Source: USDA Plants_111306
Great Plains Ladies'-Tresses, more...
Gustavo A. Romero-González, Germán Carnevali Fernández-Concha, Robert L. Dressler, Lawrence K. Magrath & George W. Argus in Flora of North America (vol. 26)
Plants 7-60 cm. Roots few, descending, tuberous, mostly to 0.8 cm diam. Leaves fugaceous or rarely persisting to anthesis, basal, ascending, linear-lanceolate to oblanceolate, to 16 × 1.5 cm. Spikes usually very tightly spiraled, 3-4 flowers per cycle of spiral; rachis moderately pubescent, some trichomes capitate, glands obviously stalked (longest trichomes 0.2-0.52 mm). Flowers abruptly nodding from base, white to ivory, gaping, lip not strongly curving from claw, not urceolate; sepals distinct to base, 5-14 mm; lateral sepals wide-spreading, commonly ascending above flower; petals linear to lance-oblong, 4.9-13 mm, apex acute to obtuse; lip commonly yellow centrally, ovate to oblong, 4.9-12 × 3.3-7 mm, margins crenulate, glabrous; veins several, branches parallel; basal calli short-conic, mostly to 1 mm; viscidia linear-lanceolate; ovary 4-10 mm. Seeds monoembryonic. 2n = 30. Flowering Aug--Nov. Dry to wet prairies and fens; 0--1900 m; Man., Ont.; Ala., Ark., Ill., Ind., Iowa, Kans., Ky., La., Mich., Minn., Miss., Mo., Nebr., N.Mex., N.Dak., Ohio, Okla., Pa., S.Dak., Tex., Va., Wis. Leaves typically senesce some weeks before anthesis, usually before the inflorescence appears. Occasionally at the northern and western range limits of the species, however, especially in wetter habitats, they may persist into anthesis. See notes on gene flow and apomixis under 14. Spiranthes cernua.
Perennial herb 7 - 60 cm tall Stem: single, erect, green, hairless or with some round-tipped hairs upwards. Leaves: three to six, basal, ascending, stalkless, hairless, non-toothed, 5 - 16 cm long, 0.5 - 1.5 cm wide, linear to lance-shaped or inversely lance-shaped, and typically absent by flowering time. Though there are rarely any leaves visible by time the inflorescence appears, the stem does have four to eight, erect, overlapping, tubular sheaths with long-pointed tips. Inflorescence: a single, erect, terminal, elongate, spike of 20 to 40 abruptly nodding flowers. The flowers are arranged in a very tight spiral with three to four flowers per full turn around the axis. Axis moderately covered with stalked glandular hairs (0.2 - 0.52 mm tall) and also some round-tipped hairs. The flowers are extremely fragrant with the scent of almonds or vanilla. Flowers: white to ivory, abruptly nodding (at point just above ovary), bilaterally symmetric, about 1 cm long (above ovary), open-gaping with spreading and upward pointed lateral sepals. The reproductive parts of stamens, stigma and style are fused into a column above the 0.4 - 1 cm long inferior ovary. Sepals: three, petal-like, white, 0.5 - 1.4 cm long, with central one forward pointing and closely positioned with lateral petals, but lateral sepals widely spreading and commonly ascending above flower. Roots: few, descending, tuberous, up to 0.8 cm diameter. Lateral petals: two, above and extending forward beyond lip petal, white, 0.5 - 1.3 cm long, linear to narrowly oblong, with pointed or blunt upturned tips. Lip petal: one, central, lowermost, forward-pointing with somewhat drooping tip, yellowish (especially down center), hairless, wavy-edged, 0.4 - 0.9 cm long, 3.3 - 7 mm wide, egg-shaped to oblong. There are several parallel-branching veins along the lip, and also two, small (up to 1 mm tall), short cone-shaped (about as wide as tall), basal projections (calli).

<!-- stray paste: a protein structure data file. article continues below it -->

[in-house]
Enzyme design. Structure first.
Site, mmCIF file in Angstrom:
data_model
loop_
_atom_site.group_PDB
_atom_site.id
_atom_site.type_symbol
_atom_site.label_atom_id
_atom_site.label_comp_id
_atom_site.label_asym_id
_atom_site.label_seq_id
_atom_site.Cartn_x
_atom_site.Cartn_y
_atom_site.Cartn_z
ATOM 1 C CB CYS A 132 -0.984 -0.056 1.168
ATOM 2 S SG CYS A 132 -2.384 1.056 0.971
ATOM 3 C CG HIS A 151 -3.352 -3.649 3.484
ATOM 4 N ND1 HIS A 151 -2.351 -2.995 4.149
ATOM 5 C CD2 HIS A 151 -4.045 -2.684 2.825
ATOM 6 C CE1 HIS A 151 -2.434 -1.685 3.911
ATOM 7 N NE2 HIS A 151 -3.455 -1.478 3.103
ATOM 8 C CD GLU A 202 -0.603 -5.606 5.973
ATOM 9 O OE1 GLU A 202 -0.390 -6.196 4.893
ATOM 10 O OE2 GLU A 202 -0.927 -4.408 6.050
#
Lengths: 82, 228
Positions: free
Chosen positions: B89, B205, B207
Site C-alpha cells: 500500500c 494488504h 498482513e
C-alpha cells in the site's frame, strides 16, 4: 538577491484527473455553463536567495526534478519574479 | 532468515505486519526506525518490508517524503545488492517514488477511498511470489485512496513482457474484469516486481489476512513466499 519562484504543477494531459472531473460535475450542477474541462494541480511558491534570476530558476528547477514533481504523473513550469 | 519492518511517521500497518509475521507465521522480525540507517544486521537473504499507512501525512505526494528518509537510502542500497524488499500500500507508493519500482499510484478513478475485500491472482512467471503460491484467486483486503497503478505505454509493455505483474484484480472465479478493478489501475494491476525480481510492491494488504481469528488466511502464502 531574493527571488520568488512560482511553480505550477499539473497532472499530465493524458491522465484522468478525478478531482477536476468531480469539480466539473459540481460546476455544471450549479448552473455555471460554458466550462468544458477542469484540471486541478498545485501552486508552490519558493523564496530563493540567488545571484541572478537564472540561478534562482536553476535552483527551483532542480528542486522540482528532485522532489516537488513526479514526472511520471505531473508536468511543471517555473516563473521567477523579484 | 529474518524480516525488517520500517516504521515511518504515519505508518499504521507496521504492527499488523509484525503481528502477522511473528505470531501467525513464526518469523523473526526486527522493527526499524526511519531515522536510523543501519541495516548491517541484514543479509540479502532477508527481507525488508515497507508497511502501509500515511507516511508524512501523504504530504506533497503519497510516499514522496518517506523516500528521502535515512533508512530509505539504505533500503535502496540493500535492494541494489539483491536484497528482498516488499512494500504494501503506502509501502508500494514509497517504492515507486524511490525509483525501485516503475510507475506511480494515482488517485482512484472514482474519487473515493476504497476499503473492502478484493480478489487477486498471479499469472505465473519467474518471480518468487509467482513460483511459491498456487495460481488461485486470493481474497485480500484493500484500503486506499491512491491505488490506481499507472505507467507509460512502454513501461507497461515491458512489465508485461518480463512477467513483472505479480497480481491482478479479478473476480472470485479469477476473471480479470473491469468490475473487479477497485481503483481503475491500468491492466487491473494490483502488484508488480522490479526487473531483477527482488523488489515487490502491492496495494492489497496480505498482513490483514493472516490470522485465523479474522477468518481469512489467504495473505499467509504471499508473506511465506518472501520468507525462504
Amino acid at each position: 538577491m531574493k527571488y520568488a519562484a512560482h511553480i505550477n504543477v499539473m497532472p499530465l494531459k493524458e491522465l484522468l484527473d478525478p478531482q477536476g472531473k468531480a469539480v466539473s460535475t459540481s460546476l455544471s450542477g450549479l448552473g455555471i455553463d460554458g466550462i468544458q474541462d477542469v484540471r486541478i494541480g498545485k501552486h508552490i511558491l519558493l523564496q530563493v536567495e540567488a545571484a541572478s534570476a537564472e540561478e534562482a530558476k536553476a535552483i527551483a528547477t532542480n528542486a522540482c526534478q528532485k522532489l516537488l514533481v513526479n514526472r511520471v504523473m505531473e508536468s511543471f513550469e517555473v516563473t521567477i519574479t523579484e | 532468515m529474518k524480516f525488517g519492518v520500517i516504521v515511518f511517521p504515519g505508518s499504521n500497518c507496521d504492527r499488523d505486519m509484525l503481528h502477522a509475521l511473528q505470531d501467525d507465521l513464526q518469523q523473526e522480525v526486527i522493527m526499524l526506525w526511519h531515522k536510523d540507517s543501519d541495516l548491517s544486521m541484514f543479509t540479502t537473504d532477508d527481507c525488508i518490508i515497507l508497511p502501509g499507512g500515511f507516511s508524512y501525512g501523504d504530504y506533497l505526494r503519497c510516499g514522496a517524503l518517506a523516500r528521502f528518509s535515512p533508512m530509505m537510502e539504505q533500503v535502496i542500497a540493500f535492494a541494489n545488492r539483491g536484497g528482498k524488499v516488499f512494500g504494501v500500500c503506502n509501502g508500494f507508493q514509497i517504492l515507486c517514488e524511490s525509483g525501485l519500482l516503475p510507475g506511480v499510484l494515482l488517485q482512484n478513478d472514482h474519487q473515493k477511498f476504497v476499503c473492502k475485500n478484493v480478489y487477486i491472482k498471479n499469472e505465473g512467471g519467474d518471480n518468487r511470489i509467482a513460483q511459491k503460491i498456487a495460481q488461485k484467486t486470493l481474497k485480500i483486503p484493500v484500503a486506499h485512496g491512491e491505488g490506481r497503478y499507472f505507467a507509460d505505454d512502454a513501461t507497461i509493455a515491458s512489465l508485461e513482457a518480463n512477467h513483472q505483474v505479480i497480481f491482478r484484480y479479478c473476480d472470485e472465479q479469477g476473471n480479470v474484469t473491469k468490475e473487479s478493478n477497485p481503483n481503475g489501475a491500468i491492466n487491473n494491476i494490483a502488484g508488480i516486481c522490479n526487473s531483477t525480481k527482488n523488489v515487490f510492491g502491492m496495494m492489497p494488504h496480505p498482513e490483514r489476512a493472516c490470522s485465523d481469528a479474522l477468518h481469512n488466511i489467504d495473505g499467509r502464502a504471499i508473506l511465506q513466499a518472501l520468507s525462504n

Similar species: Spiranthes magnicamporum is most similar to S. cernua, but that species typically has leaves at flowering time, the flowers are less yellowish, fairly odorless, and the lateral sepals are forward-pointing and more closely positioned with the lateral petals.
Flowering: late August to October
Habitat and ecology: Uncommon, in wet to dry, often calcareous prairies, in dry sandy soil.
Occurence in the Chicago region: native
Notes: This is a stable diploid species, and while very similar triploids do also exist, they are actually S. cernua. We are at the eastern end of the range for this species.
Etymology: Spiranthes comes from the Greek words spir meaning coiled, and anthes meaning flowers, thus referring to the spiral arrangement of the flowers in the inflorescence. Magnicamporum comes from the Latin word magni meaning to enlarge or increase, and camporum, which has a rather confusing meaning, but may be derived from the species name camphorum, which may have something to do with the aromatic properties of this species.
Author: The Field Museum
Much like no. 4 [Spiranthes cernua (L.) Rich.]; plants with a strong almond-odor; lvs withering before anthesis; cauline sheaths 4-8, with erect, sheathing, often overlapping blades; lateral sep more spreading, often over the top of the fl; lip more yellowish, its basal callosities short and conical, usually less than 1 mm, as wide as high; 2n=30, but sometimes asexual. Open, calcareous prairies; Great Plains from N.D. to Tex., e. to nw. Ind. and irregularly to Ky., Mich., sw. Ont., and Pa. Sept., Oct.
Gleason, Henry A. & Cronquist, Arthur J. 1991. Manual of vascular plants of northeastern United States and adjacent Canada. lxxv + 910 pp.
©The New York Botanical Garden. All rights reserved. Used by permission.
Citation: The vPlants Project. vPlants: A Virtual Herbarium of the Chicago Region. http://www.vplants.org
Copyright © 2001–2009 The vPlants Project, All Rights Reserved.